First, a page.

Most climate-change documentaries sound pre-emptive warnings about the consequences if we fail to take action. But this essential cine-essay by Emmanuel Cappellin – a former cinematographer for Yann-Arthus Bertrand – instead takes as its starting point the idea that all is already lost. That, as Cappellin concluded as a nature-obsessed young researcher, whatever projection you choose, capitalism is destined to deplete its resources and collapse within a few decades.
If that sounds depressing, it is. This mournful piece, with the despairing Cappellin looking for answers, consults a series of Cassandras, in the shape of a number of environmentalists and collapsologists prognosticating about whether, and how, mankind can adapt. In post-crisis Greece, examining the country’s potential as a possible laboratory for degrowth, journalist Richard Heinberg wonders about the future: “Are we better off not knowing?” Actually, Cappellin decides, we are not. Where his documentary breaks ground is the curt pragmatism that takes hold. As Bangladeshi climate scientist Saleemul Huq says, it is now the duty of every individual to locate the “emotional trigger point” of what climate change means in their life, so we can decide precisely how to react.
Recalling William Gibson’s comment about the future already being here, just not evenly distributed, Bangladesh – with every new cyclone – is currently on the frontline of working out these parameters. Cappellin looks to its villagers for pointers on the mentality needed to evolve. He hits on the notion of the resilient network: rather than the squirrel-munching American lone survivalist, small groups of people using their skills in concert will be best-equipped to adapt. The hope is that the low-key but high-functioning democratic ethos this would lead to – being tested in the refugee-welcoming French village he moves to – would put mankind on a different path to the elitist despoiling and hoarding that got us into this predicament.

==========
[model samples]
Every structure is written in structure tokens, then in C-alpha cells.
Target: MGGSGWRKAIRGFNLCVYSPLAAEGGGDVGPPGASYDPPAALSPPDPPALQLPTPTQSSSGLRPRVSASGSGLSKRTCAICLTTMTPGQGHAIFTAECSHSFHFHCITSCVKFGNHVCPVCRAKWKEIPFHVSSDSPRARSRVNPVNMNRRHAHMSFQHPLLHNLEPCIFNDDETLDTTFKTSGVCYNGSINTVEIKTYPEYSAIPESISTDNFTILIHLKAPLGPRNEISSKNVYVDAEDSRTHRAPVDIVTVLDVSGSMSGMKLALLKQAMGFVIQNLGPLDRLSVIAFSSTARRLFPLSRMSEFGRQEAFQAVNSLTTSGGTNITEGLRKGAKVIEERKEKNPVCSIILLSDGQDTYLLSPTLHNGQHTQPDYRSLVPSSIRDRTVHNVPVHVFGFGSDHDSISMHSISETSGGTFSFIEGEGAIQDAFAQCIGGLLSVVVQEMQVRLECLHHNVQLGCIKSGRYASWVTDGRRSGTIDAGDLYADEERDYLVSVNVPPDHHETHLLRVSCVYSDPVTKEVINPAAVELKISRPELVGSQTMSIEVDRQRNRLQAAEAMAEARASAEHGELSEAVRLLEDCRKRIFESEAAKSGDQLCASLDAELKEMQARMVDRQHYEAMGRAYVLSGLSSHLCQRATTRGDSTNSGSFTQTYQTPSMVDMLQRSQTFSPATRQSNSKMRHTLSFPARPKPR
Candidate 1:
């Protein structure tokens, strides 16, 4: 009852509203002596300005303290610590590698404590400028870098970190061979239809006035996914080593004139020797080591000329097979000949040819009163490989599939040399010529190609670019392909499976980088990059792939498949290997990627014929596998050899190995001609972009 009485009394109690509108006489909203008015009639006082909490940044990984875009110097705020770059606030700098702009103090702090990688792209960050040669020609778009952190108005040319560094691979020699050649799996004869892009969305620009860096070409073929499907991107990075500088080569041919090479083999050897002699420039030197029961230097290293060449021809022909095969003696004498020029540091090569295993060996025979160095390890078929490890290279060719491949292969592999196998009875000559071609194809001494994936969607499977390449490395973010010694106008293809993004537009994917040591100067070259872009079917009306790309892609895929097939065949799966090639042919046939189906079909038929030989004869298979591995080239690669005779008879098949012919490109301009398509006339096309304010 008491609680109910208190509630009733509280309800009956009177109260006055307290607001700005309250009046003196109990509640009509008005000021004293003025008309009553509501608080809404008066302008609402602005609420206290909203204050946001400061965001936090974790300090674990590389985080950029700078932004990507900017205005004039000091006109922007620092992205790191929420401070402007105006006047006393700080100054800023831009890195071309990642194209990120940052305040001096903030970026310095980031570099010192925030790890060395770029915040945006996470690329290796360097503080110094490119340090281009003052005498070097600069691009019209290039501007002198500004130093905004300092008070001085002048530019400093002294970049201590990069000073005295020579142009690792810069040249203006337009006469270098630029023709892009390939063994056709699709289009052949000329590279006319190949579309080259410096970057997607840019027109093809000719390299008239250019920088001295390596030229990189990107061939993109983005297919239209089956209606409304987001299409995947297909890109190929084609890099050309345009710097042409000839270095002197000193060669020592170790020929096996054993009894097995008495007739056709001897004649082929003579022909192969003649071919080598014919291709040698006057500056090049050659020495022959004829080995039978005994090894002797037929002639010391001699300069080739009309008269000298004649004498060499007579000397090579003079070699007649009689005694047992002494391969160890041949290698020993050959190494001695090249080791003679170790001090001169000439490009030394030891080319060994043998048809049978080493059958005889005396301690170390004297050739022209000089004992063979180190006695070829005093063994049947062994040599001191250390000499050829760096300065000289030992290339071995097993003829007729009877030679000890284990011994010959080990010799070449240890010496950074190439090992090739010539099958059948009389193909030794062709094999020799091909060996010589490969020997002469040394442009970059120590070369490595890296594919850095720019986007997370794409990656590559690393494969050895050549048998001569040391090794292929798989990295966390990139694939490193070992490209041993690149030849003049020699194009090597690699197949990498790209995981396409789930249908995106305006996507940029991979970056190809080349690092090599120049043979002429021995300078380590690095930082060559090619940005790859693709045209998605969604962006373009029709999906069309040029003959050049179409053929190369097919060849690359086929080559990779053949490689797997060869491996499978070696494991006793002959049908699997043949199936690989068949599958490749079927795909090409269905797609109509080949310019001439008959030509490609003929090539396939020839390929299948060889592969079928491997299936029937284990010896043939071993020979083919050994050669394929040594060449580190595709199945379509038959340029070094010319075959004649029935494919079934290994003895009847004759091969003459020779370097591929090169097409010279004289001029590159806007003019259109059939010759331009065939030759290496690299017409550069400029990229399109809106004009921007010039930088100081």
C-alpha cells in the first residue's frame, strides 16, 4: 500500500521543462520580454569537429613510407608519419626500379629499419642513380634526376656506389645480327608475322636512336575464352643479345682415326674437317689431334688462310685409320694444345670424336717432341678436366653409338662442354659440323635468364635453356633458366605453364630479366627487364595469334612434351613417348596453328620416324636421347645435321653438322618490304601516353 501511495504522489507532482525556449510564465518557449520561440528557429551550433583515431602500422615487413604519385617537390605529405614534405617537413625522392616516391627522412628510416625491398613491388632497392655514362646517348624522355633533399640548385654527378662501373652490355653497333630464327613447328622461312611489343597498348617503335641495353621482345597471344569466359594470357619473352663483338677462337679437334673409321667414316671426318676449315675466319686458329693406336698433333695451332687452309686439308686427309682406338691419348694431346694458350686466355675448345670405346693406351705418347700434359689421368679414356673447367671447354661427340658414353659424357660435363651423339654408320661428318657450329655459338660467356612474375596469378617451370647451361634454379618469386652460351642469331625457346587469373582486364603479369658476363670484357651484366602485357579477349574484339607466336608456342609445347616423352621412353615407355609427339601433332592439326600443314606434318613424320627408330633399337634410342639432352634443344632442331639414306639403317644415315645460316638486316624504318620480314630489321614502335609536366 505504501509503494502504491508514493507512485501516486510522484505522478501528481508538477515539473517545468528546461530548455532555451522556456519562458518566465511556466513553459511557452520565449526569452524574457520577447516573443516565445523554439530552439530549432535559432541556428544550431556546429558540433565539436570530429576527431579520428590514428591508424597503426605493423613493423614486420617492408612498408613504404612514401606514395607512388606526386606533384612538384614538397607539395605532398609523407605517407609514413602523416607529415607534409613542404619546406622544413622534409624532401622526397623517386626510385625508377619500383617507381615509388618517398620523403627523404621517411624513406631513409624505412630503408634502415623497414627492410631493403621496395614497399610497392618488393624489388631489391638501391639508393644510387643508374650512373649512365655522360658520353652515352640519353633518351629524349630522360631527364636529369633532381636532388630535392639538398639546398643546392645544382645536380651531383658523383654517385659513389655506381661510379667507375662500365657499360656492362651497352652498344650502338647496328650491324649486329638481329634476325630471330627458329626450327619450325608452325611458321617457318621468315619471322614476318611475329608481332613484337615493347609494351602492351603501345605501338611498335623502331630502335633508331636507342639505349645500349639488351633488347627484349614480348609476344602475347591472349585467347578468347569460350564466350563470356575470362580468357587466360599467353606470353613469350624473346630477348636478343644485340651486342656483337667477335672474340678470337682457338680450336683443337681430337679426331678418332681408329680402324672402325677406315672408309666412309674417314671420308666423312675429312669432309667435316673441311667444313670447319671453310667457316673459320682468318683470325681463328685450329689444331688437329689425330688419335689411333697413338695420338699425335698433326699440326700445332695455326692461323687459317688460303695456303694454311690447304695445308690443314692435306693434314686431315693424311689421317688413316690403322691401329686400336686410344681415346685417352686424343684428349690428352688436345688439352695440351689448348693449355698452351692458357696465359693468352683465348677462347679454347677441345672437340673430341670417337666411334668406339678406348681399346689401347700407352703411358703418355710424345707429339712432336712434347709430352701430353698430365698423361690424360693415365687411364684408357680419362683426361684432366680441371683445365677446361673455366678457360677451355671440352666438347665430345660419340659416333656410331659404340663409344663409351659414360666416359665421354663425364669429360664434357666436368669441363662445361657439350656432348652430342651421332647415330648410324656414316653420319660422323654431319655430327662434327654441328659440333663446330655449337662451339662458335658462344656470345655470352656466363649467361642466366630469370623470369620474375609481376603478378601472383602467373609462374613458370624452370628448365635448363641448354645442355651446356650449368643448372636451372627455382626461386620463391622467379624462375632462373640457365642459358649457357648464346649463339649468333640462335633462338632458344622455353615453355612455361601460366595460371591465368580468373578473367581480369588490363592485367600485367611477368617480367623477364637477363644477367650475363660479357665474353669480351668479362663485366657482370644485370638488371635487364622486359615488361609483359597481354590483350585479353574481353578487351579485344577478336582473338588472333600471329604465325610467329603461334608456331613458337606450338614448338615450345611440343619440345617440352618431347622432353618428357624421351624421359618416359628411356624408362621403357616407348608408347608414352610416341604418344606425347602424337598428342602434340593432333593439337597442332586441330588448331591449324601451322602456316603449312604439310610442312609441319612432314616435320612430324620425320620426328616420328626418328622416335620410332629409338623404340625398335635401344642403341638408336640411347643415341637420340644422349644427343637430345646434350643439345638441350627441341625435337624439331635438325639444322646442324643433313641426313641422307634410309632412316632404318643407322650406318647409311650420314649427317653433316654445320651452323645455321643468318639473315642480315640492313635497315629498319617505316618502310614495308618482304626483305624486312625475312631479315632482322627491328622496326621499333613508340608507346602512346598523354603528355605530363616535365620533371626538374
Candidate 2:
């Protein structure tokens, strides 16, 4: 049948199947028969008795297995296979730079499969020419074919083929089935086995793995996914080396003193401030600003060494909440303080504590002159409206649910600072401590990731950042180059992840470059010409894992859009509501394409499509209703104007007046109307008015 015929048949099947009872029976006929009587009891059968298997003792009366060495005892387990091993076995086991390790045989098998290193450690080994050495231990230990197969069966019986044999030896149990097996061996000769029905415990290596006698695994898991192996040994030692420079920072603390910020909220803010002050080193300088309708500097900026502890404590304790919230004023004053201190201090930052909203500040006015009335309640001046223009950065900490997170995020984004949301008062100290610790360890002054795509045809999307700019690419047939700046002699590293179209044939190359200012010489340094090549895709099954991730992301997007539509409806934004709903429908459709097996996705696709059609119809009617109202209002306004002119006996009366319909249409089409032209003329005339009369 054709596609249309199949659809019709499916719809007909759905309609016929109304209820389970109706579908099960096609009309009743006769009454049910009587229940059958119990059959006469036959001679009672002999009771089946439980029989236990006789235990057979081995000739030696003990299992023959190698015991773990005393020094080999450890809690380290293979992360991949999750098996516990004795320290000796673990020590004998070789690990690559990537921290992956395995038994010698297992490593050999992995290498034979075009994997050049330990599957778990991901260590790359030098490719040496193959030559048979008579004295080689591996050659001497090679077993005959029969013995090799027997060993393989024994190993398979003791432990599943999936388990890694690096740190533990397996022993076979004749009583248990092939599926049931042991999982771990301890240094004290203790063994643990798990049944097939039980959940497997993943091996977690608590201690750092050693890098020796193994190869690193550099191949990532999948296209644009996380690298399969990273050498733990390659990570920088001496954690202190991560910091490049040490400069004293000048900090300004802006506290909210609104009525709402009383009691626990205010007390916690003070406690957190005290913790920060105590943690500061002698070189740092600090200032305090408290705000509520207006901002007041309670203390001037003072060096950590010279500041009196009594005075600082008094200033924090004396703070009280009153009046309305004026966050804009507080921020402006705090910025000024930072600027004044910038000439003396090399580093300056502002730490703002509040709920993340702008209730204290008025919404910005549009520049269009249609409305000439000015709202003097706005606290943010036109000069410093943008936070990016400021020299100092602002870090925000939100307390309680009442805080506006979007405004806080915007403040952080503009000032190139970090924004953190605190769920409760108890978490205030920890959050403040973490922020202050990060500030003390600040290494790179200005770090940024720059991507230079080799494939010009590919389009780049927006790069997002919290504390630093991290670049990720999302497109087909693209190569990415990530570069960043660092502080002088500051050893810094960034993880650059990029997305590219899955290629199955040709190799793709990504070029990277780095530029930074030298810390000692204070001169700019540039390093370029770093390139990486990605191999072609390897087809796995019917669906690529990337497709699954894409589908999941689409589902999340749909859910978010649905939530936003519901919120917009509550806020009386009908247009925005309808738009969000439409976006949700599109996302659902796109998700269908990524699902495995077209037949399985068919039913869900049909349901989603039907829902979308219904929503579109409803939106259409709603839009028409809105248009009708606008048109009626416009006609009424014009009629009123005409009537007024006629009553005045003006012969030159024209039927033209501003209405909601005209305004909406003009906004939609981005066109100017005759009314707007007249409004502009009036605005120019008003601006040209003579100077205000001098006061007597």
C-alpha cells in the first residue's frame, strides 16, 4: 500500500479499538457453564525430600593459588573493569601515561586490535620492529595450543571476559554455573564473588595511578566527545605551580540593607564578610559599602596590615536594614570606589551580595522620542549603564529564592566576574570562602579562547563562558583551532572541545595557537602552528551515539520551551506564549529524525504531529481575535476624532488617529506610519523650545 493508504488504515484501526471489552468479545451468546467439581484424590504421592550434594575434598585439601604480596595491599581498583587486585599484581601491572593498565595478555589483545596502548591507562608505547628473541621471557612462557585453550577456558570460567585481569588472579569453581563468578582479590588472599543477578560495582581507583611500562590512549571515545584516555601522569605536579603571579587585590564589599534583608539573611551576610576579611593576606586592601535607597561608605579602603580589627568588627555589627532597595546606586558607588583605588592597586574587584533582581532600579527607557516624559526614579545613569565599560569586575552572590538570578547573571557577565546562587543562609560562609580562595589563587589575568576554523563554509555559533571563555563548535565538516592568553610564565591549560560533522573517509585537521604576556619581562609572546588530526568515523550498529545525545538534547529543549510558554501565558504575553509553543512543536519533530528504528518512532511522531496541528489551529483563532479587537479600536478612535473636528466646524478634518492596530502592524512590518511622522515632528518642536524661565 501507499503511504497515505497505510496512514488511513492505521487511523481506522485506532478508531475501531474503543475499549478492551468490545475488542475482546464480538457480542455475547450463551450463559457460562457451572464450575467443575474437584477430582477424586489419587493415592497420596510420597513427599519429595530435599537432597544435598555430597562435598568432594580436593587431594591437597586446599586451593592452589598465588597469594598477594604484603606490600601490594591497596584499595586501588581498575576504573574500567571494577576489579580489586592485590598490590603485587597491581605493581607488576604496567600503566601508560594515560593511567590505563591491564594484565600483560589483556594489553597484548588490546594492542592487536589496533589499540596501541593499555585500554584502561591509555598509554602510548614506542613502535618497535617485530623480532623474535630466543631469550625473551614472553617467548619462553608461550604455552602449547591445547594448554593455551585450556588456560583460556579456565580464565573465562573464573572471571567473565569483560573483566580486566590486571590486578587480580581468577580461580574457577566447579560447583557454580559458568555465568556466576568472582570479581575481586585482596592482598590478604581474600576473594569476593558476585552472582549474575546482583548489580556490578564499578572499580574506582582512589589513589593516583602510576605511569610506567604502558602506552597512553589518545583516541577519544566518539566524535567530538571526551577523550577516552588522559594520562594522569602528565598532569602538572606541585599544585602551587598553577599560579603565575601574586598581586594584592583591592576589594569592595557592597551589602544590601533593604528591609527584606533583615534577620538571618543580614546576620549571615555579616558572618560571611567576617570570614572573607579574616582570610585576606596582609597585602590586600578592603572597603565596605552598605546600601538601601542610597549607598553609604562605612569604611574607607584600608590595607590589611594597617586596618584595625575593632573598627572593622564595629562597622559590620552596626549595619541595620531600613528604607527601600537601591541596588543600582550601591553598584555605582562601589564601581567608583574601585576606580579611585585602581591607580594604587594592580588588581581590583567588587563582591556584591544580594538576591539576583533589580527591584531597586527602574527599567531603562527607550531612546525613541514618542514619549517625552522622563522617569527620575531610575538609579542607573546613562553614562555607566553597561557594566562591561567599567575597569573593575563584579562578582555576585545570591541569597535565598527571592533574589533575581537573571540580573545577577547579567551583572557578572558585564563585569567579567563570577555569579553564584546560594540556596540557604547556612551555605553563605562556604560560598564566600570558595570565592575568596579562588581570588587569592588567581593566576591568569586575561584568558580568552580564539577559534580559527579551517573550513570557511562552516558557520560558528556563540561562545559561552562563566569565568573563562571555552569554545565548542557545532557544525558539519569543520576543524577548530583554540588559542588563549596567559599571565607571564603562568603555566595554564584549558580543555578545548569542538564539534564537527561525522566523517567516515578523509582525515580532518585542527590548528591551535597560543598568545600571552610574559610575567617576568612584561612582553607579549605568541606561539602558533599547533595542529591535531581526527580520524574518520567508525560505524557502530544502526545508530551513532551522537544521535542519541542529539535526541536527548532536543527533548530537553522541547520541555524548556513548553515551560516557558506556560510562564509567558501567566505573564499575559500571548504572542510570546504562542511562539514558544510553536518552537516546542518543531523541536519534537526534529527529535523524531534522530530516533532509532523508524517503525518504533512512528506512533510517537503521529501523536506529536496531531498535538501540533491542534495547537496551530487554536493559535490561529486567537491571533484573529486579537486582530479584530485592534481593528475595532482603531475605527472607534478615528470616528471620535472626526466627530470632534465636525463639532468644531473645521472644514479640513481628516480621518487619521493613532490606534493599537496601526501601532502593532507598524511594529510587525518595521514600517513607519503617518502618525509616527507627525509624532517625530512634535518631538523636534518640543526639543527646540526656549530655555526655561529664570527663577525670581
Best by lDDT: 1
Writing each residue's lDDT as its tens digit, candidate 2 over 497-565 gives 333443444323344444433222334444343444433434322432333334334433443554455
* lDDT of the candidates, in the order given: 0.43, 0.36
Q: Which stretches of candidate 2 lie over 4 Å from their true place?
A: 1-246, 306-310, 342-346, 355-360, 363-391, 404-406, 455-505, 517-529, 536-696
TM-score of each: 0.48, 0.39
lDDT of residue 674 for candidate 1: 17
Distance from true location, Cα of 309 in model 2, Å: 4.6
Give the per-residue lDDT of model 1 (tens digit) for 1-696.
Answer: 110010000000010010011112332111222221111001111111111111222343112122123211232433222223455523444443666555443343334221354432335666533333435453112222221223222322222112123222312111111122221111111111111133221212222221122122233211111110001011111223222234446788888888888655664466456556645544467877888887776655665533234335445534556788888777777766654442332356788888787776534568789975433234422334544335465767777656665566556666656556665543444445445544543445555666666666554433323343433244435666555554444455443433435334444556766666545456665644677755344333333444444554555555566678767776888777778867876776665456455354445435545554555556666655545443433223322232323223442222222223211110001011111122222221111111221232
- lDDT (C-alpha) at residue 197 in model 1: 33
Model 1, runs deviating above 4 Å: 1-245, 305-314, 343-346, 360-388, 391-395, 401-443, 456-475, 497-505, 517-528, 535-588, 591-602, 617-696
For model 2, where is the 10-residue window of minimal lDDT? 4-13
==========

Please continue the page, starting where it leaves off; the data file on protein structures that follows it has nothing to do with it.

Once You Know goes even further than the kind of programmes offered up in the likes of Cyril Dion and Melanie Laurent’s big French eco-hit Tomorrow from 2015. Ultimately, it suggests that, after the resource-pillaging growth frenzy of the past two centuries, we need to go philosophical cold turkey, appreciating limits, finitude, and even contemplating the possibility of failure. “To confront this terrifying reality we’re talking about is like confronting your own ending,” says scientist Susanne Moser, gazing out on to storm-wracked waves. Cappellin’s film is a radical, sobering and overdue confrontation.